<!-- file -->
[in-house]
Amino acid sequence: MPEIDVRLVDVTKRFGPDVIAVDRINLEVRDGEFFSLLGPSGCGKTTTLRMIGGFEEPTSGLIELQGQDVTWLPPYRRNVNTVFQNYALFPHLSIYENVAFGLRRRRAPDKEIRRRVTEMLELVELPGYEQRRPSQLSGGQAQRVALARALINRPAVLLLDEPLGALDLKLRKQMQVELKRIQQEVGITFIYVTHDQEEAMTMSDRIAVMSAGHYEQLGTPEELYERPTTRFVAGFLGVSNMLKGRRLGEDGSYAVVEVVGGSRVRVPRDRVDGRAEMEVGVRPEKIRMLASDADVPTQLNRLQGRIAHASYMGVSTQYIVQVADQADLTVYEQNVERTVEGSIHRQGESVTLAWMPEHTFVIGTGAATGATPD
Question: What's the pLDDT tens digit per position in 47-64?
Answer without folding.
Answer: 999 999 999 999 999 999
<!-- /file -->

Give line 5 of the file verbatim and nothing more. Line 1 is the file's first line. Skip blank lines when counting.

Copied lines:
Answer: 999 999 999 999 999 999